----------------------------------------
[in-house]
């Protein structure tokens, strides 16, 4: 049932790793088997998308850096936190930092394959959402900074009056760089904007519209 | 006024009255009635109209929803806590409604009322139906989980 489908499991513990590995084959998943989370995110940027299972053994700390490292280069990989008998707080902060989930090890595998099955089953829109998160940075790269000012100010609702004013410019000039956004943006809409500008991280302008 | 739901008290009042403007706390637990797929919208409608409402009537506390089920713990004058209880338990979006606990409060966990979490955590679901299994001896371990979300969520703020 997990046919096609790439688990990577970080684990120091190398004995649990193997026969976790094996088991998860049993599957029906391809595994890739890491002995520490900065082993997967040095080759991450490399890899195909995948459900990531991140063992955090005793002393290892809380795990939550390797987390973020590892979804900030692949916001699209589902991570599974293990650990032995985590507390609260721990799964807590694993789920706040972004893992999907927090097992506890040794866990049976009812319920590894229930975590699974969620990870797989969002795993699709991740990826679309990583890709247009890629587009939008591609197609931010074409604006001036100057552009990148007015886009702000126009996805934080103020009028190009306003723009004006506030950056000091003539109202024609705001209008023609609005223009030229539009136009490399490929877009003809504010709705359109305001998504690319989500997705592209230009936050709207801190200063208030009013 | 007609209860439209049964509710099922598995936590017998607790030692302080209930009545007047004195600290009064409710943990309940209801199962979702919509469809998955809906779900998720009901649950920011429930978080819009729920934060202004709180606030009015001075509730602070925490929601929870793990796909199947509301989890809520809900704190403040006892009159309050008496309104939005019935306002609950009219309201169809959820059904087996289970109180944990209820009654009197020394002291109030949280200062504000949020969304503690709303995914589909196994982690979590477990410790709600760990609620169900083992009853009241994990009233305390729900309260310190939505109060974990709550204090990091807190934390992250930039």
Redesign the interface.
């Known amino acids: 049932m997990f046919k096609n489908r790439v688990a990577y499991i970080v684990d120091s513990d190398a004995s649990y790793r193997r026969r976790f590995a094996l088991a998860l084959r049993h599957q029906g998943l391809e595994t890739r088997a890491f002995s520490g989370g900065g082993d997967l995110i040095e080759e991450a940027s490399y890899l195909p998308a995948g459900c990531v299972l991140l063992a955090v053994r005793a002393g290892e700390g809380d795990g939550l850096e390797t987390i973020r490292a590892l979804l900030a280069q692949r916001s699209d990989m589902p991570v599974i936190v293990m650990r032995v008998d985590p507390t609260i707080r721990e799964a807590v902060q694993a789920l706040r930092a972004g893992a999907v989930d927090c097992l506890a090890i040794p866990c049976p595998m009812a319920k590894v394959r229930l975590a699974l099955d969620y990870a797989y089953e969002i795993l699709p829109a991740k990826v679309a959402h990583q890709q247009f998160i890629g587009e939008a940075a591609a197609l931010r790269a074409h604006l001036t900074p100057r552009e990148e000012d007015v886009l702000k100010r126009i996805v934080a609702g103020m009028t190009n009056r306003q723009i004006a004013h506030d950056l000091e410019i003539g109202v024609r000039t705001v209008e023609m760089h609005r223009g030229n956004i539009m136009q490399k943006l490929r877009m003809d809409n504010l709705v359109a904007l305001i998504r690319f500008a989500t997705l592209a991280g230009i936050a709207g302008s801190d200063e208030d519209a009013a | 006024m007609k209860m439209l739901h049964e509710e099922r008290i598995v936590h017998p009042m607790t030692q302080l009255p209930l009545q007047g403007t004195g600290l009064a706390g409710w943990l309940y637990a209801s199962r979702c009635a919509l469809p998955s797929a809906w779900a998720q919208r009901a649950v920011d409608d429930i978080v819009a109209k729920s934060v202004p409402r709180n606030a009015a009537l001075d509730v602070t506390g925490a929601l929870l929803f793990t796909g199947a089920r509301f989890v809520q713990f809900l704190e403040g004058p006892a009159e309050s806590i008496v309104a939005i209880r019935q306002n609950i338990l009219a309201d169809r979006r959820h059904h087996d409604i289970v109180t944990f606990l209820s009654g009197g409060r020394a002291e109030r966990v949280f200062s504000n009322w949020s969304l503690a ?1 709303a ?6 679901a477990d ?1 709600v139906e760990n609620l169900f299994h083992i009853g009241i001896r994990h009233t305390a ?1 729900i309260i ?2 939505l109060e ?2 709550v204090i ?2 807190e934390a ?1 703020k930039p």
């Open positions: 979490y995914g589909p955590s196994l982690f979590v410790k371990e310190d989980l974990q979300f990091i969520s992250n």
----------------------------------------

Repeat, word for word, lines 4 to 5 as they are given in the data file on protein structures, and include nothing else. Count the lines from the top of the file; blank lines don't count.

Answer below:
């Known amino acids: 049932m997990f046919k096609n489908r790439v688990a990577y499991i970080v684990d120091s513990d190398a004995s649990y790793r193997r026969r976790f590995a094996l088991a998860l084959r049993h599957q029906g998943l391809e595994t890739r088997a890491f002995s520490g989370g900065g082993d997967l995110i040095e080759e991450a940027s490399y890899l195909p998308a995948g459900c990531v299972l991140l063992a955090v053994r005793a002393g290892e700390g809380d795990g939550l850096e390797t987390i973020r490292a590892l979804l900030a280069q692949r916001s699209d990989m589902p991570v599974i936190v293990m650990r032995v008998d985590p507390t609260i707080r721990e799964a807590v902060q694993a789920l706040r930092a972004g893992a999907v989930d927090c097992l506890a090890i040794p866990c049976p595998m009812a319920k590894v394959r229930l975590a699974l099955d969620y990870a797989y089953e969002i795993l699709p829109a991740k990826v679309a959402h990583q890709q247009f998160i890629g587009e939008a940075a591609a197609l931010r790269a074409h604006l001036t900074p100057r552009e990148e000012d007015v886009l702000k100010r126009i996805v934080a609702g103020m009028t190009n009056r306003q723009i004006a004013h506030d950056l000091e410019i003539g109202v024609r000039t705001v209008e023609m760089h609005r223009g030229n956004i539009m136009q490399k943006l490929r877009m003809d809409n504010l709705v359109a904007l305001i998504r690319f500008a989500t997705l592209a991280g230009i936050a709207g302008s801190d200063e208030d519209a009013a | 006024m007609k209860m439209l739901h049964e509710e099922r008290i598995v936590h017998p009042m607790t030692q302080l009255p209930l009545q007047g403007t004195g600290l009064a706390g409710w943990l309940y637990a209801s199962r979702c009635a919509l469809p998955s797929a809906w779900a998720q919208r009901a649950v920011d409608d429930i978080v819009a109209k729920s934060v202004p409402r709180n606030a009015a009537l001075d509730v602070t506390g925490a929601l929870l929803f793990t796909g199947a089920r509301f989890v809520q713990f809900l704190e403040g004058p006892a009159e309050s806590i008496v309104a939005i209880r019935q306002n609950i338990l009219a309201d169809r979006r959820h059904h087996d409604i289970v109180t944990f606990l209820s009654g009197g409060r020394a002291e109030r966990v949280f200062s504000n009322w949020s969304l503690a ?1 709303a ?6 679901a477990d ?1 709600v139906e760990n609620l169900f299994h083992i009853g009241i001896r994990h009233t305390a ?1 729900i309260i ?2 939505l109060e ?2 709550v204090i ?2 807190e934390a ?1 703020k930039p």
């Open positions: 979490y995914g589909p955590s196994l982690f979590v410790k371990e310190d989980l974990q979300f990091i969520s992250n």